14:12 PM, 16th September 2021, About 2 years ago
If a landlord wants to raise maximum finance on a property with a very low rental yield, the mortgage amount might well be restricted based on rental income. However, with “Top-Slicing” this needn’t be the case.
Why would a landlord want to own a low yielding rental property in the first place?
Well, one example is that they might be more interested in the capital growth potential than rental yield.
Another example might be where a landlords property has appreciated considerably in value but rent hasn’t kept pace. The landlord may want to retain the property rather than paying CGT on selling it and may also anticipate further capital appreciation. However, that does not mean the landlord shouldn’t raise more finance against it to buy more properties.
Using “Top-Slicing” might make all the difference in terms of facilitating raisng the required funds to make further acquisitions as opposed to selling the property and potentially having to pay Capital Gains Tax. Several Landlords also use this strategy to raise funds to make Directors Loans to provide seed capital for a new ‘Smart’ property company structure, which can be used for legacy, inheritance and other tax planning purposes.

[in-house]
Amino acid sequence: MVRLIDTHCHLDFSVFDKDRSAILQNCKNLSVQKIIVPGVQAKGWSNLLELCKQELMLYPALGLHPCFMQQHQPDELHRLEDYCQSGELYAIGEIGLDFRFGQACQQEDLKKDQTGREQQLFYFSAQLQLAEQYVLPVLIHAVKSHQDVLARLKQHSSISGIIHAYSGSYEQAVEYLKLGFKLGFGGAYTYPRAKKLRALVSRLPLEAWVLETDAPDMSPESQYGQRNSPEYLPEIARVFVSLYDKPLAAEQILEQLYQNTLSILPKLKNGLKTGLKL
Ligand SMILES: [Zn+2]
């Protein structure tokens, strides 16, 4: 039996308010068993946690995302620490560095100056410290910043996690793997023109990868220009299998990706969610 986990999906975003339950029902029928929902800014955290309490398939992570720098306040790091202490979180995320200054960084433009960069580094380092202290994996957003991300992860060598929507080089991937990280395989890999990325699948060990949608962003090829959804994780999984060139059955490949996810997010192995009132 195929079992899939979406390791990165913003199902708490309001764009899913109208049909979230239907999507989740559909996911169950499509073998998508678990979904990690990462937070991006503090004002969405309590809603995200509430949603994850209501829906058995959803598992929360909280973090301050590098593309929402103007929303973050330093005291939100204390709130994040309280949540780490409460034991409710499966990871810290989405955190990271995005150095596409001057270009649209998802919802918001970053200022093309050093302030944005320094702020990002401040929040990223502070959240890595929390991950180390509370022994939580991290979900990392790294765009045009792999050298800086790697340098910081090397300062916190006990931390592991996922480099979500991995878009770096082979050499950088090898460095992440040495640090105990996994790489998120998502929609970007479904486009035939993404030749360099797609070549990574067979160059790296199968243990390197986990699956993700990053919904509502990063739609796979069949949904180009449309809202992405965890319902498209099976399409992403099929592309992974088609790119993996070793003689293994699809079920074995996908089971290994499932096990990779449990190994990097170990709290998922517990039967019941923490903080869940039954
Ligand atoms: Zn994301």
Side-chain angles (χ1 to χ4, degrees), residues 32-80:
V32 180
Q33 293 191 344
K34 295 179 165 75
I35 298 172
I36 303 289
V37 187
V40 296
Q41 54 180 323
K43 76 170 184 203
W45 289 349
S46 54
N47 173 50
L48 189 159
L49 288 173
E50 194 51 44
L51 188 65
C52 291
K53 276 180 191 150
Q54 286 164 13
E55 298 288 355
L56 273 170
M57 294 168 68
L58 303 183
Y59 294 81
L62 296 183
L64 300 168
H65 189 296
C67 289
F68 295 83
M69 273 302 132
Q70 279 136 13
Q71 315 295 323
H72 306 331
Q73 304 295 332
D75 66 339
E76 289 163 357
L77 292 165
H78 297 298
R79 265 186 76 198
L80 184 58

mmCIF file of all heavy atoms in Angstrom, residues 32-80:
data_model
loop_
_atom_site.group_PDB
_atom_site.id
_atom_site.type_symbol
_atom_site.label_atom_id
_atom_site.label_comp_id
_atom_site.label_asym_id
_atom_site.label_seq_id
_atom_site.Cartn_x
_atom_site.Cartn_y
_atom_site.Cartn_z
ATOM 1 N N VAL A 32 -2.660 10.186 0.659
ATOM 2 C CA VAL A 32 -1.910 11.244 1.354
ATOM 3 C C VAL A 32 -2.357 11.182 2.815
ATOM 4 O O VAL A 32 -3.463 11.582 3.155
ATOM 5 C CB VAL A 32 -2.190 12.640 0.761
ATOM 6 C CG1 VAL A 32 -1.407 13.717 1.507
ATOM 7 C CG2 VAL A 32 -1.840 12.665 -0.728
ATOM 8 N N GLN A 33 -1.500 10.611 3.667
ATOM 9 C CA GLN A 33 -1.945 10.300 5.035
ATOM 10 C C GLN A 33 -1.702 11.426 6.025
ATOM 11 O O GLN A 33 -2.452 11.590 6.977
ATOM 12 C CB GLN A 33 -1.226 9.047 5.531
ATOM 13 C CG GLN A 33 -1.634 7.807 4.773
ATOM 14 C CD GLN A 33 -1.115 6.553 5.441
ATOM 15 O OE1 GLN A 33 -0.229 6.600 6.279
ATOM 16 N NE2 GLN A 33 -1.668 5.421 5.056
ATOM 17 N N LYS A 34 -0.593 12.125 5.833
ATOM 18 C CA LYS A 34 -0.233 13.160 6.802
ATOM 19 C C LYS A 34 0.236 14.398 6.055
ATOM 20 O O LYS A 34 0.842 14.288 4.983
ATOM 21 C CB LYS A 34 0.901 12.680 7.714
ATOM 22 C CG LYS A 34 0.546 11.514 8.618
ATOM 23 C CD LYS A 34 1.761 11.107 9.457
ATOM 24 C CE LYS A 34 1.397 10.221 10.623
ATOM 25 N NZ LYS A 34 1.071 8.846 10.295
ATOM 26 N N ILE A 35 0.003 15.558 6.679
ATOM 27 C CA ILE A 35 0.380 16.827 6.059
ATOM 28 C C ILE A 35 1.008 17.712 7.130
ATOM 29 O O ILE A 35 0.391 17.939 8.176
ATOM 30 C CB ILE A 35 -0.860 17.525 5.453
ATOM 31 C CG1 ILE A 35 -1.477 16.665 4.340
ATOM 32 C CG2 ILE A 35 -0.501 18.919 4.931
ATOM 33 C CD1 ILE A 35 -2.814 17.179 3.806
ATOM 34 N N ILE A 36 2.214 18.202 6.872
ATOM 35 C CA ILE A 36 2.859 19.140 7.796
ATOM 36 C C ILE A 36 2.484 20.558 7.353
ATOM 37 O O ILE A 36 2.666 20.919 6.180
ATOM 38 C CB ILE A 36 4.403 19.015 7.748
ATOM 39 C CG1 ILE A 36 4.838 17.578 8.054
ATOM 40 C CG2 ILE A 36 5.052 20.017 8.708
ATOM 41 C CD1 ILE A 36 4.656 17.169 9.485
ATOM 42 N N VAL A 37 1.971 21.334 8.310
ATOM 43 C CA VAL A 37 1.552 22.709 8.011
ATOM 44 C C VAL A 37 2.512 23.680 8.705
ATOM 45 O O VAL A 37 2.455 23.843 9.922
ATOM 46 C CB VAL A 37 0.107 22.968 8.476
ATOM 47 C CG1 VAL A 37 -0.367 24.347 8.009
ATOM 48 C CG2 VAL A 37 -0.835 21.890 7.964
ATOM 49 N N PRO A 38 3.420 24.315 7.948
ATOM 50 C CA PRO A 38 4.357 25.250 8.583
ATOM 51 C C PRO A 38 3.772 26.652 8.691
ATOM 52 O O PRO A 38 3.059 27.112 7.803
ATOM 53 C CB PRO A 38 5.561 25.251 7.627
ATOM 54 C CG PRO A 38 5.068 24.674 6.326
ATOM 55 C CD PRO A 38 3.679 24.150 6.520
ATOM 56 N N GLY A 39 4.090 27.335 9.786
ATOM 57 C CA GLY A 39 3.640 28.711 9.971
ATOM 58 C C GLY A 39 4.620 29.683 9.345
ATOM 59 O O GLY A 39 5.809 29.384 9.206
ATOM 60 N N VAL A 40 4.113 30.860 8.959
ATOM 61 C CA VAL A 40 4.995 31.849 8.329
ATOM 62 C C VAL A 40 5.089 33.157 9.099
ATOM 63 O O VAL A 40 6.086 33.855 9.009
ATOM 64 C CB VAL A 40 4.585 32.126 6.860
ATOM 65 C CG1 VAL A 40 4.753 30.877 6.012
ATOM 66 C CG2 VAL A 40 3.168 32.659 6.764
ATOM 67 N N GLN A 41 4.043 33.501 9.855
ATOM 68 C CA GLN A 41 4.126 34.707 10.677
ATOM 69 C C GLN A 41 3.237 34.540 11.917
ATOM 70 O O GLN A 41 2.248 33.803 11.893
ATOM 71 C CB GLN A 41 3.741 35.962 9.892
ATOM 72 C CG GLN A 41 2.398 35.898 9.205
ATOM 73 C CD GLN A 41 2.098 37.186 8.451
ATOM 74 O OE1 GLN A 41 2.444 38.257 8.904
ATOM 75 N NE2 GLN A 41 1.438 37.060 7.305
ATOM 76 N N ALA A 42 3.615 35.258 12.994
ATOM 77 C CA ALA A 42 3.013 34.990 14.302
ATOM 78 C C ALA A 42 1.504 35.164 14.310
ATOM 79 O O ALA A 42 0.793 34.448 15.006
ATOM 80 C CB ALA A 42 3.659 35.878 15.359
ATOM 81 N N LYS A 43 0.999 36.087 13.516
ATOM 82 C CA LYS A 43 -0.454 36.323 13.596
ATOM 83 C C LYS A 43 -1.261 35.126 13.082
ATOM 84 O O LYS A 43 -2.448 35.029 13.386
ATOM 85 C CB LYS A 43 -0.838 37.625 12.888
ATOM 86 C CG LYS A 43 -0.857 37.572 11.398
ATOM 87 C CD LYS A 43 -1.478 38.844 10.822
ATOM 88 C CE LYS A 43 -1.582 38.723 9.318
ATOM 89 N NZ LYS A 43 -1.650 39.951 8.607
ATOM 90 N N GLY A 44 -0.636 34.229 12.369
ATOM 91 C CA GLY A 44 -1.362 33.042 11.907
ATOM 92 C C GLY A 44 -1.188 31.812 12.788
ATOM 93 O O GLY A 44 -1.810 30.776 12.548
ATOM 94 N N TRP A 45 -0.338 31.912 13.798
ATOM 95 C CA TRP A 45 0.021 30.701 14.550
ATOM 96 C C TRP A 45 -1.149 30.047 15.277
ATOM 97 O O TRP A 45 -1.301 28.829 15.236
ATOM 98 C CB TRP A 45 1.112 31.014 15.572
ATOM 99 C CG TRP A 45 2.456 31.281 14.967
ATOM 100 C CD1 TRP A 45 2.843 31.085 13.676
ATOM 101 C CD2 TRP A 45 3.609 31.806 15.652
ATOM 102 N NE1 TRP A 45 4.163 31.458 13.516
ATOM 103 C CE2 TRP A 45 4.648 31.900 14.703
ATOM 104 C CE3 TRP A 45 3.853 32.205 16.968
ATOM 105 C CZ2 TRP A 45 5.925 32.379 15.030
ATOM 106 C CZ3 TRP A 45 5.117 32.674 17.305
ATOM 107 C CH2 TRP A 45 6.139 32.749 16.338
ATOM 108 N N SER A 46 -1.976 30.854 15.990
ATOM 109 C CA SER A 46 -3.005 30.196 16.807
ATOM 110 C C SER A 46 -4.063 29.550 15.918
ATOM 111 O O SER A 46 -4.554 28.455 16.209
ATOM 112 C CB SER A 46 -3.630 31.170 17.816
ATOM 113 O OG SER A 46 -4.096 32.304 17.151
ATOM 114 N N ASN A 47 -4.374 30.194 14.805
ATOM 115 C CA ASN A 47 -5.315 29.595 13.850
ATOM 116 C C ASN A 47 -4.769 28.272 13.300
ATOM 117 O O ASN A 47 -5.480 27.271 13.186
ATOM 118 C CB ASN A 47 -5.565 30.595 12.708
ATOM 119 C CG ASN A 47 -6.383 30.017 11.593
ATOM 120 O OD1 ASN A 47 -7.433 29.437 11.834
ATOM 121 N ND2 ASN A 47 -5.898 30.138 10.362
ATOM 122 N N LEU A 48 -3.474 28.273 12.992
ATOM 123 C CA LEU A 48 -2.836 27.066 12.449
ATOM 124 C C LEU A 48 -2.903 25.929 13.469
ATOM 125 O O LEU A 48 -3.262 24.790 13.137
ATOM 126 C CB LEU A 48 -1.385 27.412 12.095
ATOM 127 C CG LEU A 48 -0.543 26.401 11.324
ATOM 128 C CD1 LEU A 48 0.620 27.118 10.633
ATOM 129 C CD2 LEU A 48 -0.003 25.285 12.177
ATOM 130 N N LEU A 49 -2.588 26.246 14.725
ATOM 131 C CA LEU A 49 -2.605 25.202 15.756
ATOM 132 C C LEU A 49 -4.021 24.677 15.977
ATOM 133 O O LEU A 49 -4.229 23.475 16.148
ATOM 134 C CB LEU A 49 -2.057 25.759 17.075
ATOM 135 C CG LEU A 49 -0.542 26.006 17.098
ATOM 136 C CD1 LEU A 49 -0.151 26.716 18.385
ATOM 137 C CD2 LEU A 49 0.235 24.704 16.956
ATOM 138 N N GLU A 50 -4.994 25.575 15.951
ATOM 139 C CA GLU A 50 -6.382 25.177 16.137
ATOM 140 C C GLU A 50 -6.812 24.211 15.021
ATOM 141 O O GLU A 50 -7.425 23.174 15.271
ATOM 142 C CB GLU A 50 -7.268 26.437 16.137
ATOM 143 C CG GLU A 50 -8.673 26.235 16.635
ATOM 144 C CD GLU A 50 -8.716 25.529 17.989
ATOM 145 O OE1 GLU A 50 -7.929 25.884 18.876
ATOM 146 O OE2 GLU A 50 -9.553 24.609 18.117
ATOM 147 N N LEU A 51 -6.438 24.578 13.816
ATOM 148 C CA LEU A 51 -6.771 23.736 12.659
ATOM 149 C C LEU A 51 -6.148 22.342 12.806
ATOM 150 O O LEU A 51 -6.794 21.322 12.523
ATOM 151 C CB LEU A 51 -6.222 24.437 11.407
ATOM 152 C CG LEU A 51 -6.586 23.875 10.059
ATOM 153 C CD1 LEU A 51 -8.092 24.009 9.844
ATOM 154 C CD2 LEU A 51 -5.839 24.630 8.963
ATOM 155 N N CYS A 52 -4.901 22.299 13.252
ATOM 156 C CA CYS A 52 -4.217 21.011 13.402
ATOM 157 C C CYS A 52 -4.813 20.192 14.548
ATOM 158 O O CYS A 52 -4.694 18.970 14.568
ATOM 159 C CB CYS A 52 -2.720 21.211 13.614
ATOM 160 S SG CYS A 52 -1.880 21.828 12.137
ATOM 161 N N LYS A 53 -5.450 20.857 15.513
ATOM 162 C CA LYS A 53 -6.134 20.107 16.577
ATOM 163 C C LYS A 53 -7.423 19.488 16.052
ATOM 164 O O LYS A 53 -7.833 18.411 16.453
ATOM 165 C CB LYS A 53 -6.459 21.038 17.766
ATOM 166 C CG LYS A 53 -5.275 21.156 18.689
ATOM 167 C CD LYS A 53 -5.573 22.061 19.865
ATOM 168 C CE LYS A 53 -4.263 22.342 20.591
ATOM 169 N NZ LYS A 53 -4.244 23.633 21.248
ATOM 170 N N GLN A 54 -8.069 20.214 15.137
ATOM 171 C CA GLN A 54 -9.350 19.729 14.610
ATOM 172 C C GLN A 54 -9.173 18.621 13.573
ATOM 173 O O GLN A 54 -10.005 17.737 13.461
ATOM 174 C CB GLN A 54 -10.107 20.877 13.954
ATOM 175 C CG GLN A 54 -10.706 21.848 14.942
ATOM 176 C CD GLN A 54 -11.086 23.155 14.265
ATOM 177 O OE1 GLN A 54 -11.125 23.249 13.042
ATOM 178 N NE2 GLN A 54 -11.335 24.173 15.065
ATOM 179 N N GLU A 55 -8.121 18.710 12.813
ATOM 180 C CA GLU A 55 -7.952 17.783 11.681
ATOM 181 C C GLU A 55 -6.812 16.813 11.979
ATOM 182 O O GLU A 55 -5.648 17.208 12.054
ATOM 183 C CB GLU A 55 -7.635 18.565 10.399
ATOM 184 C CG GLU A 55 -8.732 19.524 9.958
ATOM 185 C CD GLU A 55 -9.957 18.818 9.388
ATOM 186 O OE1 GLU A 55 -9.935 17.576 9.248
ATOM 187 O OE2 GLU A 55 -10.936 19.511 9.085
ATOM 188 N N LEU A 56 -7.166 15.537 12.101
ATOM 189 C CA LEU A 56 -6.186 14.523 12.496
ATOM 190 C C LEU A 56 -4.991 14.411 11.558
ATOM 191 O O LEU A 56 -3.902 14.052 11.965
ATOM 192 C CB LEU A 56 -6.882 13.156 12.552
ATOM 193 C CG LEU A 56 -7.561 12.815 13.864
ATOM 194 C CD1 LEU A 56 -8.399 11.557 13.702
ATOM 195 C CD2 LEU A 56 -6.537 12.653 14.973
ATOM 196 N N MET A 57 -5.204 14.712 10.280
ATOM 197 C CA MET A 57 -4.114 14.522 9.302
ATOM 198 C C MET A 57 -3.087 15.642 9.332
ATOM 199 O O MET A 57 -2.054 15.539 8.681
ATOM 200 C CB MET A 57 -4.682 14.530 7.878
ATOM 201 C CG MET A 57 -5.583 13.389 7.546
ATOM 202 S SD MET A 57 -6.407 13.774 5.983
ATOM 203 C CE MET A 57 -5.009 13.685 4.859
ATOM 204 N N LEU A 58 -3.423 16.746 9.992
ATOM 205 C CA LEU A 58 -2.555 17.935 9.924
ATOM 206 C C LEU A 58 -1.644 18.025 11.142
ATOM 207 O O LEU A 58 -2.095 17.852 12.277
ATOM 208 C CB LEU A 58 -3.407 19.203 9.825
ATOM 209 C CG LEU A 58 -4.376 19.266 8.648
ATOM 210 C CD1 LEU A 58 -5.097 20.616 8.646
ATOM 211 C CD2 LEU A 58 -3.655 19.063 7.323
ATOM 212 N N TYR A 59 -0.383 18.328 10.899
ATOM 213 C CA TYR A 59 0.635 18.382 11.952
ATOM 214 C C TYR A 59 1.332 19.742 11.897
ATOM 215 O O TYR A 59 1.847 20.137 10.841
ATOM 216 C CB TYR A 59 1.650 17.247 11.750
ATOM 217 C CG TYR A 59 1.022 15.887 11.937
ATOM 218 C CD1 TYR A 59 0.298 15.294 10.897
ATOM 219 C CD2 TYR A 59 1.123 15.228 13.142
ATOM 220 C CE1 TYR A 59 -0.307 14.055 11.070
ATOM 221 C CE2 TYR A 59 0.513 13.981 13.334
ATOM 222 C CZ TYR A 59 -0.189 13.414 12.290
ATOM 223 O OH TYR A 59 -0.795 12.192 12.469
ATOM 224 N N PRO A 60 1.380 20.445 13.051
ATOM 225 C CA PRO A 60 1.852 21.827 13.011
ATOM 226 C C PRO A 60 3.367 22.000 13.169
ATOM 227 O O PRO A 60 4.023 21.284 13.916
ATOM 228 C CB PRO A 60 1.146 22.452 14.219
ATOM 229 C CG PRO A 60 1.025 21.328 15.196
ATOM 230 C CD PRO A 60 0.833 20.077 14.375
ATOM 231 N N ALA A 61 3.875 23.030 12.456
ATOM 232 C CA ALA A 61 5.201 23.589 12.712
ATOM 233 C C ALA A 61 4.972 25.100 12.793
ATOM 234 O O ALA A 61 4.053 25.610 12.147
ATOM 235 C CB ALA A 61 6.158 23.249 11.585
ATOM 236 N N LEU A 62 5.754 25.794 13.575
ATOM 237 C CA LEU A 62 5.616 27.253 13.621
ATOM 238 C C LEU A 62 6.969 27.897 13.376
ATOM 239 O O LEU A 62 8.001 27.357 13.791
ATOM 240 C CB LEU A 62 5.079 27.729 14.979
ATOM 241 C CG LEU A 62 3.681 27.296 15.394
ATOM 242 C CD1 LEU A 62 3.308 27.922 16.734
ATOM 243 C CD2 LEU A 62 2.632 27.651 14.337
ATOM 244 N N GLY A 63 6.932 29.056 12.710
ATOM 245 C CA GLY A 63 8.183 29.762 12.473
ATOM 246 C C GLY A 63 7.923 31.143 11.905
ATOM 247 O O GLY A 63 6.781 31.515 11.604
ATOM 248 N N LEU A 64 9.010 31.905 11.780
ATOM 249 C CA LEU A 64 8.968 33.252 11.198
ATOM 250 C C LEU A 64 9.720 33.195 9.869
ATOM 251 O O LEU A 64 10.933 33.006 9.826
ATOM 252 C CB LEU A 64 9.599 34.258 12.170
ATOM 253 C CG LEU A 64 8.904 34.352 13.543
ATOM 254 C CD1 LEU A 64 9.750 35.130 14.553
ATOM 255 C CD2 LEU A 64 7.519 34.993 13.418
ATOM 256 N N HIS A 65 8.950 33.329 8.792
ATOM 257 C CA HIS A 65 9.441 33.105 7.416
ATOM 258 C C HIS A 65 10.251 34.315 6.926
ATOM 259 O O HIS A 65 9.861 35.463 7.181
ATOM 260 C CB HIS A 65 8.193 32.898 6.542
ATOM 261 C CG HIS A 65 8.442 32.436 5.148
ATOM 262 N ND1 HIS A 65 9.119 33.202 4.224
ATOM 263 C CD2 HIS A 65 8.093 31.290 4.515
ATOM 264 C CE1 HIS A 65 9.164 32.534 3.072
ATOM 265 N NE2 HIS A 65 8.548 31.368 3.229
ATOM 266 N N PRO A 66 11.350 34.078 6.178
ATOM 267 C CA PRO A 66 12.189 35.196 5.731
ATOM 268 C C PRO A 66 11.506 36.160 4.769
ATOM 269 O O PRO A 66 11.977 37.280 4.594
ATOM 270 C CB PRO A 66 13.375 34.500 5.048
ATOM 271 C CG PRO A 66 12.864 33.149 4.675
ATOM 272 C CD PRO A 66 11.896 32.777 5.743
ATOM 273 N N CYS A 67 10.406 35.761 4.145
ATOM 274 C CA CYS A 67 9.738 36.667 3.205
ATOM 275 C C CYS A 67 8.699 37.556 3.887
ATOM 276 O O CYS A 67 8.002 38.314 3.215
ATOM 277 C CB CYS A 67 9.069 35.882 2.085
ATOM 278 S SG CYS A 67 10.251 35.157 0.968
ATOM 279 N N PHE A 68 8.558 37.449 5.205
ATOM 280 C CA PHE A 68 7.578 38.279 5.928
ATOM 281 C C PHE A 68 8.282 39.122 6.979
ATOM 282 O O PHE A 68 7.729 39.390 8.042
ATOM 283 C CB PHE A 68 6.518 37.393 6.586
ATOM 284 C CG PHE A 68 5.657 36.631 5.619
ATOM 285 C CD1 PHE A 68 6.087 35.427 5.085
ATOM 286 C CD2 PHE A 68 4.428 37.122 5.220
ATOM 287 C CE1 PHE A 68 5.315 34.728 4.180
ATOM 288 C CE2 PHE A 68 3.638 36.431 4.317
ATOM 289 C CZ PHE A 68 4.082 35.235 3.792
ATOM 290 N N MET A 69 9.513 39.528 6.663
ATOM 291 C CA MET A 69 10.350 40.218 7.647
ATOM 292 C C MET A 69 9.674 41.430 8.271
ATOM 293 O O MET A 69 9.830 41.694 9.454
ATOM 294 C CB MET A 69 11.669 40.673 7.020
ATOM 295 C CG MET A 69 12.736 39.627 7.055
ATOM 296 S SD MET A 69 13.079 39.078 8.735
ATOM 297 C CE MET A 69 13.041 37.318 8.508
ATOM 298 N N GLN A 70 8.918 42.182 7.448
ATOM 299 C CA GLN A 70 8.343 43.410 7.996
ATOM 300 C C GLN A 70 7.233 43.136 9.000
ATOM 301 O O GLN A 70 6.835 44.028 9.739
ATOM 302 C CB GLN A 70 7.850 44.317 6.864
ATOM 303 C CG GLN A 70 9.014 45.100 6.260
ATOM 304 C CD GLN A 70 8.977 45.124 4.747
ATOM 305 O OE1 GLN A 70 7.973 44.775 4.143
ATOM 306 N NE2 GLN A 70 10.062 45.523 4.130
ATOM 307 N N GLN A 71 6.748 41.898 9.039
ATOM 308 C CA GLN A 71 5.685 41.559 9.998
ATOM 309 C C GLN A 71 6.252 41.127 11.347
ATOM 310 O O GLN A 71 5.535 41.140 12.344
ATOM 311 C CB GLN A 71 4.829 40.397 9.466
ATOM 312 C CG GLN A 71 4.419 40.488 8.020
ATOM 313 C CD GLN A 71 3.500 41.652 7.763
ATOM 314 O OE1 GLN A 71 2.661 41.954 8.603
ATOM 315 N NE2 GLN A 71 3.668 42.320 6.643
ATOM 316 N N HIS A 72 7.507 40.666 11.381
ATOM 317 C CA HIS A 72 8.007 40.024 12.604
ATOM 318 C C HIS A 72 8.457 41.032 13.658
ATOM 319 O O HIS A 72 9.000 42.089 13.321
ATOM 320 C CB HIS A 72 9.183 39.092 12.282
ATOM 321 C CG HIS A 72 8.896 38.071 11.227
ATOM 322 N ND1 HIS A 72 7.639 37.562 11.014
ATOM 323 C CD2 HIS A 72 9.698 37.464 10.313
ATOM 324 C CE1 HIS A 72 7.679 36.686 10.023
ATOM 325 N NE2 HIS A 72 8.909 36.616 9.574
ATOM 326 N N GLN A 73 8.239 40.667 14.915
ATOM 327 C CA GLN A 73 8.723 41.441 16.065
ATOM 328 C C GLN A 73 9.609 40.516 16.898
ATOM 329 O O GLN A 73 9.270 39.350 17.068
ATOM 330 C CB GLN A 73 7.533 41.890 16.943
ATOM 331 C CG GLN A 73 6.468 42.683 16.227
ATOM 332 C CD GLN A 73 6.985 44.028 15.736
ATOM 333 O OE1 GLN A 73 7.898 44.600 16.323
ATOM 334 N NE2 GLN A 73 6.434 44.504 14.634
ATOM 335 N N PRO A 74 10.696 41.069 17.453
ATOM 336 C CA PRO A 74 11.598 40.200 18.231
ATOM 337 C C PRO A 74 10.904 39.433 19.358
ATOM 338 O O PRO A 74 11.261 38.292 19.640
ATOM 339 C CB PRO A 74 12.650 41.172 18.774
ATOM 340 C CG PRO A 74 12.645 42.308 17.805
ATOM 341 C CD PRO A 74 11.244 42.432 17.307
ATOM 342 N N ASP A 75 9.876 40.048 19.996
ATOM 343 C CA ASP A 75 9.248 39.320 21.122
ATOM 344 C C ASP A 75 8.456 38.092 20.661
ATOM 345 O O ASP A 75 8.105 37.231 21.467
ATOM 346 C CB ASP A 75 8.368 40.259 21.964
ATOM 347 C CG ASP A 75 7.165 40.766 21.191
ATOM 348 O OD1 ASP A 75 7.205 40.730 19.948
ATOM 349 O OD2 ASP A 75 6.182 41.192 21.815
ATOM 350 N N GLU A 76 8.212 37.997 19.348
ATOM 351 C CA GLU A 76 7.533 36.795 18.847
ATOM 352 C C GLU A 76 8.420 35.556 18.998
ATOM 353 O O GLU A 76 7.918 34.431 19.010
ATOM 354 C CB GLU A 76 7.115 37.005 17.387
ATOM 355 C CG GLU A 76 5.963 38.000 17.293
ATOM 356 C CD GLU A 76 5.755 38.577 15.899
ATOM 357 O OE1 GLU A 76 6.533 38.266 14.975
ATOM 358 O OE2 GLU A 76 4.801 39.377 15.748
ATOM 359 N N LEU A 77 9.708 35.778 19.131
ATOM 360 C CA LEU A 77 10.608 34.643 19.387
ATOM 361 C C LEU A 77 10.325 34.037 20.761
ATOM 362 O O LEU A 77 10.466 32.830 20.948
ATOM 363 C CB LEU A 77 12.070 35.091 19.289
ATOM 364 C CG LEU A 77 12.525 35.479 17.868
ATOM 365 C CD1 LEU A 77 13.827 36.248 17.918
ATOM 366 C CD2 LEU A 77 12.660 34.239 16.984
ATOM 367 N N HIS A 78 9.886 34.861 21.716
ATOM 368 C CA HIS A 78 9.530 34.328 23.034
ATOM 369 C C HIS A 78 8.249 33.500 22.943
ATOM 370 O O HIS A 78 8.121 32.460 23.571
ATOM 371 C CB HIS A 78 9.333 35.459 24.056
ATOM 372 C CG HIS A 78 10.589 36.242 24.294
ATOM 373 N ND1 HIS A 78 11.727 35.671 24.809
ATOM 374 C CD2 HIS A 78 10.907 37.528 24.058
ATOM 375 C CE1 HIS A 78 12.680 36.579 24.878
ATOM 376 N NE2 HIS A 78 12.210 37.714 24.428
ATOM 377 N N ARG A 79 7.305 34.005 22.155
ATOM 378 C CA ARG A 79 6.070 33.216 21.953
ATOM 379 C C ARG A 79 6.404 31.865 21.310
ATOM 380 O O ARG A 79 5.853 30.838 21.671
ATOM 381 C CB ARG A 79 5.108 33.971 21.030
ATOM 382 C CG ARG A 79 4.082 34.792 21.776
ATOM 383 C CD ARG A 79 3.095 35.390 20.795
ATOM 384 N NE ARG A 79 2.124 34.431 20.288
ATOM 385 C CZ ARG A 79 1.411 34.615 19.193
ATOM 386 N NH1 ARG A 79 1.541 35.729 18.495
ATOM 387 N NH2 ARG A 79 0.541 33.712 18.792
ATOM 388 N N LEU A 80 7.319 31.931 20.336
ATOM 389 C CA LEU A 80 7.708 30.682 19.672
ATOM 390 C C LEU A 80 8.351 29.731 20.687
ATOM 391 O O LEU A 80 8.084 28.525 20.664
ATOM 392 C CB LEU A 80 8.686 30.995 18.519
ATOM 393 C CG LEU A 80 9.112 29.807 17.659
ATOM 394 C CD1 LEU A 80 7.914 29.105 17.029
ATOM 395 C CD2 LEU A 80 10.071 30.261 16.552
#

Some lenders will accept surplus income, including earned income, self-employed income, pension income and rental income from other properties in order to satisfy the affordability criteria.
“Top Slicing” is available for landlords holding properties in their sole names and in limited companies.
“Tip-Slicing” can provide landlords with greater choice s when it comes to maximising their investment opportunities.
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